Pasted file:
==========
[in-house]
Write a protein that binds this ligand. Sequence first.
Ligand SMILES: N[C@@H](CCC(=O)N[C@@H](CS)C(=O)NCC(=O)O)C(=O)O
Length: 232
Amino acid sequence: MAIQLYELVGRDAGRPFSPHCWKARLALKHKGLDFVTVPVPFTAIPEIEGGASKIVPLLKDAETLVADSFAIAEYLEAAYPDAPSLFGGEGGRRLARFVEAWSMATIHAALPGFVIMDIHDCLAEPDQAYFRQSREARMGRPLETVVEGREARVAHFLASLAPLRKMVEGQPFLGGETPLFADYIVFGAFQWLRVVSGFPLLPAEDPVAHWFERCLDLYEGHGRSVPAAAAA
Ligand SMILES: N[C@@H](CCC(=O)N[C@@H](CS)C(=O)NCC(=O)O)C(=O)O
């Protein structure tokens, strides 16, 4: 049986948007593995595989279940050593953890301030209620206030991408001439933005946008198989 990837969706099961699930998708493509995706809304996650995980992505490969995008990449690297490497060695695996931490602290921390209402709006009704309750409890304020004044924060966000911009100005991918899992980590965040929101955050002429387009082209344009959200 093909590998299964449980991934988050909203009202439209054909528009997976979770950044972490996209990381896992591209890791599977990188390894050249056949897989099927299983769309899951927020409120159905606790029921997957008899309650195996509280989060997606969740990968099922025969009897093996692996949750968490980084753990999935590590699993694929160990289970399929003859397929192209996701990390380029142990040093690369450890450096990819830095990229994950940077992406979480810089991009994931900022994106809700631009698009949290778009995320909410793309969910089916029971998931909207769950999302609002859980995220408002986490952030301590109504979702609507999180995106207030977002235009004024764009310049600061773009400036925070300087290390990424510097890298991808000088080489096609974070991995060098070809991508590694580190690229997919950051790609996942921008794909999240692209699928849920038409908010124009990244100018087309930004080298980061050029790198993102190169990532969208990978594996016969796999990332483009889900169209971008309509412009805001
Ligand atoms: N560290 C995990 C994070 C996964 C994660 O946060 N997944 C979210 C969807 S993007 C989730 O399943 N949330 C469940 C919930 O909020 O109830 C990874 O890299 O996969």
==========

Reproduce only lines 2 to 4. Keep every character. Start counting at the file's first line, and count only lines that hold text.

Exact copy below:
Write a protein that binds this ligand. Sequence first.
Ligand SMILES: N[C@@H](CCC(=O)N[C@@H](CS)C(=O)NCC(=O)O)C(=O)O
Length: 232